Monday, September 29, 2008

"(If You Don't Understand Grace, See Page 177)"

I am supposed to teach a confirmation class at my new church. This is a good opportunity to lay out some solid Christian teaching. If only 1) I were a decent teacher and 2) I knew what a confirmation class was really supposed to look like. This is not part of my church tradition.

Meanwhile, I've been given certain tools and helps, such as files from past confirmation classes, and a book from my new pastor. The book is pretty useful, though maybe a little simplistic. I was particularly struck by the simplistic bit when I read the quote that makes up the title for this post. (I'm not sure it was page 177, but you get the idea.)

I think when you grow up in the church and basically follow the rules, the concept of grace is particularly hard to grasp, both because the word gets thrown around a lot, and because you don't realise how much you need it and have been offered it. I still remember a particularly rocky time in London when it finally hit home to me both how powerful grace was to receive, and how difficult it was to give. I thought to myself, "How did I even think I was a Christian before?! I never understood this!"

And I'm not sure I understand it even now. Grace shows up in unexpected places, and is required in them, too. Sometimes I blink and miss it, and sometimes it stares me unblinking in the face so that I can't miss it but I almost want to run from it. It's so simple and so difficult, and right now I feel more in need of giving and receiving it than ever, and from many different angles.

What I do know is that, even when I'm afraid of it, I'm grateful for it. I don't understand how people make it through life without it. And I'm quite sure page 177 isn't ever going to sum it up.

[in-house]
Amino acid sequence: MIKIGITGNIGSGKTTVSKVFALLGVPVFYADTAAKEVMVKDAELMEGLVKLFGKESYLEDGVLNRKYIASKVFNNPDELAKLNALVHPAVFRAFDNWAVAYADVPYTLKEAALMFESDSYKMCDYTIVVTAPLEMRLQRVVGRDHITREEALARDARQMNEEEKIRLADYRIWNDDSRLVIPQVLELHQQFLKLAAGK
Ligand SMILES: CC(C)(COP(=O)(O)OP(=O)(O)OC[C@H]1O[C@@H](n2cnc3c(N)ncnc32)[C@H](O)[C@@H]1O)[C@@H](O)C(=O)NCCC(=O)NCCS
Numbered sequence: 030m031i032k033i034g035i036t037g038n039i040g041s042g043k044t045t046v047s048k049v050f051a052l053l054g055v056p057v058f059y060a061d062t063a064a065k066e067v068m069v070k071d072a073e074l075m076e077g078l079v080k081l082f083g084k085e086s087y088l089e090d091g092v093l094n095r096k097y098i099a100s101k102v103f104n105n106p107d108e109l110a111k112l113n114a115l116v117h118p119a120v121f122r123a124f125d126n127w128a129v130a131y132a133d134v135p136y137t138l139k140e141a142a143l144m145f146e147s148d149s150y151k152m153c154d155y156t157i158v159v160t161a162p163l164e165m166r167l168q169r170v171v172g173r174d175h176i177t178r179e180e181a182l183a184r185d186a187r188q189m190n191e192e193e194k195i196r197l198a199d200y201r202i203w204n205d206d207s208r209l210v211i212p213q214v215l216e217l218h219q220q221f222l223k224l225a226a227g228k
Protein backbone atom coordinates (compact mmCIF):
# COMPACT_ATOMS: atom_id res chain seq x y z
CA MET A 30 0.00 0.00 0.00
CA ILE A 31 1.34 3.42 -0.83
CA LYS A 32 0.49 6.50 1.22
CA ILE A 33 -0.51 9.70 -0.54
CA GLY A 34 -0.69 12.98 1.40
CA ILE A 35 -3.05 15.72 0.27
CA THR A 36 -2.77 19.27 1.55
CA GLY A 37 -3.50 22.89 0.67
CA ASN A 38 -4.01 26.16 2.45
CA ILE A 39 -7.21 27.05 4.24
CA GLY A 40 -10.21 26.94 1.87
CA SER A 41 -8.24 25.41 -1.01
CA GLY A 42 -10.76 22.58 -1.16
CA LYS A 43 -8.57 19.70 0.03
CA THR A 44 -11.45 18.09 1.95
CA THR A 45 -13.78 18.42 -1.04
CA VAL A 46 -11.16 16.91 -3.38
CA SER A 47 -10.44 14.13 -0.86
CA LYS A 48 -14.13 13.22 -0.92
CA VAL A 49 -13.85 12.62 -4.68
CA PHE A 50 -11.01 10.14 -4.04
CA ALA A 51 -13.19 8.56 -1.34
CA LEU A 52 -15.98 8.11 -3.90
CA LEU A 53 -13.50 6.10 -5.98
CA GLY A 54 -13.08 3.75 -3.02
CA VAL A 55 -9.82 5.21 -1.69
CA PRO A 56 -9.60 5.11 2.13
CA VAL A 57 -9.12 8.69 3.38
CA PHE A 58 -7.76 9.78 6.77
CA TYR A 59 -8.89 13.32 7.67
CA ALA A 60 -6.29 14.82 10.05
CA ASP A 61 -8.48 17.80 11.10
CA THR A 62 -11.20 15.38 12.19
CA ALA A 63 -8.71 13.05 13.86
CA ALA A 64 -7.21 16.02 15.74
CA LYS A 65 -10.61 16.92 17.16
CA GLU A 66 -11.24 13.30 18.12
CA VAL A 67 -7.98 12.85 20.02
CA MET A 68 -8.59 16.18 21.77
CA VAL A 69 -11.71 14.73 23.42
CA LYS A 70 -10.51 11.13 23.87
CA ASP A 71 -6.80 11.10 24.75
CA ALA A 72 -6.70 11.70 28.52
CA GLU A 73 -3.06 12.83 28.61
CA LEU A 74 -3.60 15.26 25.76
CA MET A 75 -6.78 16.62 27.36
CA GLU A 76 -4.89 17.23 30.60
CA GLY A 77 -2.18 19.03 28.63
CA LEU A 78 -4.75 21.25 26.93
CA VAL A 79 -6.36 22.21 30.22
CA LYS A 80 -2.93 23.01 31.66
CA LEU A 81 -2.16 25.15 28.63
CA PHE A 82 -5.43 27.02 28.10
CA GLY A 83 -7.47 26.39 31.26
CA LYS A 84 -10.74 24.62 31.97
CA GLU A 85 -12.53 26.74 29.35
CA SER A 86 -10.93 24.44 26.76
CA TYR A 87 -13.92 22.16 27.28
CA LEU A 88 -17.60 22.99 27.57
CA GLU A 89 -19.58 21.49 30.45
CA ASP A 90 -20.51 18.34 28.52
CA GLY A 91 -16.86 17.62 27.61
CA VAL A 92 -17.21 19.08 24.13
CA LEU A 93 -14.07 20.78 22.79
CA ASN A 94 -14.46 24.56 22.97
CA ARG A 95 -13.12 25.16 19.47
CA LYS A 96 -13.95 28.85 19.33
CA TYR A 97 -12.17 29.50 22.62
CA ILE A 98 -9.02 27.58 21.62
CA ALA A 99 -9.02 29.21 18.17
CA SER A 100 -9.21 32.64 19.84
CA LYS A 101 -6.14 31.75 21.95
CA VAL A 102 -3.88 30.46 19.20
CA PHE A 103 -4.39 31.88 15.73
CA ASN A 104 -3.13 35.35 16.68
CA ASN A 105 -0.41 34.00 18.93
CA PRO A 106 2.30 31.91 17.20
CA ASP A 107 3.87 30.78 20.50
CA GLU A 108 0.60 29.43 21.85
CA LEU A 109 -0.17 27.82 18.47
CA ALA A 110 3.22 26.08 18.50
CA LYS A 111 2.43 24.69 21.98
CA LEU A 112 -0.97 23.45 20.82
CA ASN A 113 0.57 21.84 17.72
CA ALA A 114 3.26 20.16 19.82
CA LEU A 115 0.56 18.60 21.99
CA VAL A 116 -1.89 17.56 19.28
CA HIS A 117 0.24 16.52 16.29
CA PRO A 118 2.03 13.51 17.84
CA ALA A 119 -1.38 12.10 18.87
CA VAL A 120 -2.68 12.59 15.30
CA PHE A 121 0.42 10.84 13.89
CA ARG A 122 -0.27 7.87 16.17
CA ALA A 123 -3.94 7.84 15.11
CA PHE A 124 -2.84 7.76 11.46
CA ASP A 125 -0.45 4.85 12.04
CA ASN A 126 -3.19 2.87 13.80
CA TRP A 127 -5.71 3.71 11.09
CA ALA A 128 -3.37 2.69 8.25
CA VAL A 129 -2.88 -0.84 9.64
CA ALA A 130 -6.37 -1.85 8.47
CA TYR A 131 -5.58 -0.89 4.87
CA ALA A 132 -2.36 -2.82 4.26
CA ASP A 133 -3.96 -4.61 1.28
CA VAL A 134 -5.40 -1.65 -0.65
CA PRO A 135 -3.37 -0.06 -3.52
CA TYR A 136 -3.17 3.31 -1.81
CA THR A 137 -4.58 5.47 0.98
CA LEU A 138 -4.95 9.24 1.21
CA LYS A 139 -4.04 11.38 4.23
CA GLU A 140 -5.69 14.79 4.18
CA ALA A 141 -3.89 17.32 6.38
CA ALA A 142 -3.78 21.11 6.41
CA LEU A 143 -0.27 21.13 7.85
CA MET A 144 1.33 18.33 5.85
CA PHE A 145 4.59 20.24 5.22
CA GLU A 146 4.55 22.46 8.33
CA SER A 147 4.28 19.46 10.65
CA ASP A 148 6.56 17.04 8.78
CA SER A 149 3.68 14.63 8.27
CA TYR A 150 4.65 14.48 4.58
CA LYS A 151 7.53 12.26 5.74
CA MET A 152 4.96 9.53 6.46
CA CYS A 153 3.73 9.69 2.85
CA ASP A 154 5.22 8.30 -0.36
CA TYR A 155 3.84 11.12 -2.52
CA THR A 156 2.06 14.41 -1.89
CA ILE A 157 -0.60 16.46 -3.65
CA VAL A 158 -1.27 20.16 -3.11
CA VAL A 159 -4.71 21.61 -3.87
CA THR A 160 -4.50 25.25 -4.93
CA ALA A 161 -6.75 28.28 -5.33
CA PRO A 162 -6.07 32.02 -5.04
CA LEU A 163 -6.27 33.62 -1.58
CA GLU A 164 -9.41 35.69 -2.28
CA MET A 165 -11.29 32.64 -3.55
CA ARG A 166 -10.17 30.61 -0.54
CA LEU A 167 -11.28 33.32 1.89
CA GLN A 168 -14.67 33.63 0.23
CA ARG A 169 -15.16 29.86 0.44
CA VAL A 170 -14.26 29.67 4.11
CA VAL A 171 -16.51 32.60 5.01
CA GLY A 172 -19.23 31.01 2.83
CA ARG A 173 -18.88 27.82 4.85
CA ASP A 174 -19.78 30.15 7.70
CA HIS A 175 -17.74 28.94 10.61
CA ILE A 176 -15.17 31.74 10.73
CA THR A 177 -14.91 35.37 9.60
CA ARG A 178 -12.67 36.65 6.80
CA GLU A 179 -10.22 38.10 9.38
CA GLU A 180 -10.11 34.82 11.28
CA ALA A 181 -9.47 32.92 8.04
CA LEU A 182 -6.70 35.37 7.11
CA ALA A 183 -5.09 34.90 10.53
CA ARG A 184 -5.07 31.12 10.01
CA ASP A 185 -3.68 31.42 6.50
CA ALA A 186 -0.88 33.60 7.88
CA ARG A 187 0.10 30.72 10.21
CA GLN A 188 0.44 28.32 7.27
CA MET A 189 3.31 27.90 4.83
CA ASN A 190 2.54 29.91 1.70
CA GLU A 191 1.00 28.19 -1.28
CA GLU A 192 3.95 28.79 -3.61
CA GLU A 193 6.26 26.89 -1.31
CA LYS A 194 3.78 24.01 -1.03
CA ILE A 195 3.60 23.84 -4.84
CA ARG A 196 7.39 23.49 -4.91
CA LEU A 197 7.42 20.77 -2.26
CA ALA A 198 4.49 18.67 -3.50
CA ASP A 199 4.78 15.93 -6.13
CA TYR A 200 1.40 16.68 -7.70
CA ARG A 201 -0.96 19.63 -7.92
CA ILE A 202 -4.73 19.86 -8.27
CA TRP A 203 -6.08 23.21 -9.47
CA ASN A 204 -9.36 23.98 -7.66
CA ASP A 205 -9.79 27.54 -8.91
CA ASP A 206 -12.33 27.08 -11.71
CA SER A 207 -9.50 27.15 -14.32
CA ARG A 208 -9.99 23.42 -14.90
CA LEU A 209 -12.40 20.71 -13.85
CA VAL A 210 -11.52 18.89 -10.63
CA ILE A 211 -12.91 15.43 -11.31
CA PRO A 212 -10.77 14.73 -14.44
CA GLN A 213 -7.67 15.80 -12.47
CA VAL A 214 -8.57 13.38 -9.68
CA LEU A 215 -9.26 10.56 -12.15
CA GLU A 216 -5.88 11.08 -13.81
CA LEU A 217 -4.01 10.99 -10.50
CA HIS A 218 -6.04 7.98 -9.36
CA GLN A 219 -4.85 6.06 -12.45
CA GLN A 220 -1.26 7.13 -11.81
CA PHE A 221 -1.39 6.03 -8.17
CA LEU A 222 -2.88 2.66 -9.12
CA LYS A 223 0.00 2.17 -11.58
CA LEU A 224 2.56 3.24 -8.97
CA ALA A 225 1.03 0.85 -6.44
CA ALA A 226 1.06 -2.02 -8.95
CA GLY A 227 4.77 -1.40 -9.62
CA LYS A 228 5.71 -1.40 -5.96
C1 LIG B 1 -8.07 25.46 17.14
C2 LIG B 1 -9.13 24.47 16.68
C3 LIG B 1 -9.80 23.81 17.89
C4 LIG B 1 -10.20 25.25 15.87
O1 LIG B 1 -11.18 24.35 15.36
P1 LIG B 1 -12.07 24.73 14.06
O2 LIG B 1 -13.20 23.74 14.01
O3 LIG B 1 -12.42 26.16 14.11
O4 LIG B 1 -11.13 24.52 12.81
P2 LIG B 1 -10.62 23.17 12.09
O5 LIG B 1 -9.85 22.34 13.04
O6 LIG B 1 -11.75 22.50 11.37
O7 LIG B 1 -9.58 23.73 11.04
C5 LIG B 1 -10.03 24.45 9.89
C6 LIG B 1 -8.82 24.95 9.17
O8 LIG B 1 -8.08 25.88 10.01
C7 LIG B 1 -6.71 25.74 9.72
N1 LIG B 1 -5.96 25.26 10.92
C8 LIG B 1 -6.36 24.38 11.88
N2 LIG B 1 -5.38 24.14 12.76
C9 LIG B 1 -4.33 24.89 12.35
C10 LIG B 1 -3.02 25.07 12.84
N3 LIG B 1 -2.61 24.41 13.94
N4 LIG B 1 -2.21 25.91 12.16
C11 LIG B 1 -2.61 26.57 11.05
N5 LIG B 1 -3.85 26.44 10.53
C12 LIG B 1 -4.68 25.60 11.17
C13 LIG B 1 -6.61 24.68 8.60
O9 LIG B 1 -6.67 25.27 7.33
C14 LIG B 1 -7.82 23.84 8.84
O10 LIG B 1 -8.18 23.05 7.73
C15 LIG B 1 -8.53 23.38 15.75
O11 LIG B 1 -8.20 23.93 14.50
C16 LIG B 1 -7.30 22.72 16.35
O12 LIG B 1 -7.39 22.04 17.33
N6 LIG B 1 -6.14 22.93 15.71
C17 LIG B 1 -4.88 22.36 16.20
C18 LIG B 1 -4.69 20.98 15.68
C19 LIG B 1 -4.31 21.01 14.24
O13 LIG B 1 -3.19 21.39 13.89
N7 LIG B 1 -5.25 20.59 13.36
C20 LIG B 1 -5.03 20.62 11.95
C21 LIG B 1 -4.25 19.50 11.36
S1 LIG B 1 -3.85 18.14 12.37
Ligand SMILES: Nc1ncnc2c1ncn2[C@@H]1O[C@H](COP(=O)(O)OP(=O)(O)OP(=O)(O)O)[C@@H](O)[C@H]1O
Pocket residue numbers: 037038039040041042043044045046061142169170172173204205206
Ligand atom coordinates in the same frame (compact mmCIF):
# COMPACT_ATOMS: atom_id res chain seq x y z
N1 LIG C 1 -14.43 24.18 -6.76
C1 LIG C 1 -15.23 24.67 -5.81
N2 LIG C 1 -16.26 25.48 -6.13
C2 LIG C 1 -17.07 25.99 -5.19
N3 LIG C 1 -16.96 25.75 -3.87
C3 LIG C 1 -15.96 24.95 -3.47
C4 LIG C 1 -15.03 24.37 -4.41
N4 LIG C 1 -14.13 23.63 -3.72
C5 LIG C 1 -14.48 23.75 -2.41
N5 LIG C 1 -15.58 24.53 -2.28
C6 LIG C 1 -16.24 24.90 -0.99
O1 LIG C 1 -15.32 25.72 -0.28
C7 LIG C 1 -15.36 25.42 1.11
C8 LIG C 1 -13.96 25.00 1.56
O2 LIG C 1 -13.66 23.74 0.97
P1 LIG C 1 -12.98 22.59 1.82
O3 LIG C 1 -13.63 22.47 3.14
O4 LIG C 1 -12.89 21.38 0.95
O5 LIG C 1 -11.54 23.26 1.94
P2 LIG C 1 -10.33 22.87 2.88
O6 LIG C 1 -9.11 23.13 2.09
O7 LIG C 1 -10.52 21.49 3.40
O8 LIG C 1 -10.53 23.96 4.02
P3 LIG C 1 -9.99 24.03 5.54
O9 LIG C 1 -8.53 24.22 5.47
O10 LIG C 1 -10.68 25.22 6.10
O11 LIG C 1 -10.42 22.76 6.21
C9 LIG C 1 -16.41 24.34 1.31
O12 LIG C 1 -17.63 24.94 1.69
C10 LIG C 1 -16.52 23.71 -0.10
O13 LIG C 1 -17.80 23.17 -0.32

3 comments:

Jeff said...

Your points about grace are well taken. I don't have much to add In this area.

I thought I might throw out a thought about teaching:
The more you use the text as a jumping off point, and not the be-all-and-end all, the better.
Getting people up and out of their seats and interacting with truth is how they learn. I am growing increasingly convinced that activities that create interaction are well worth their wieght in gold, even when the connection to what you are doing is tenuous.
This is partially because there will come a time that you will have to enter into a sort-of lecture mode. If these times are few and far between, if there is already a basic vibe of valuing people as individuals, of being a safe and fun place, you will get so much more bang for your buck than you will if a lecture style becomes the norm.

Rhonda said...

Oh wouldn't it be wonderful if finding and living grace was as easy as reading page 177?

Great post!

L.L. Barkat said...

What a great post title. Indeed, much of life could use a page 177. I mean, one that COULD sum a few things up. : )

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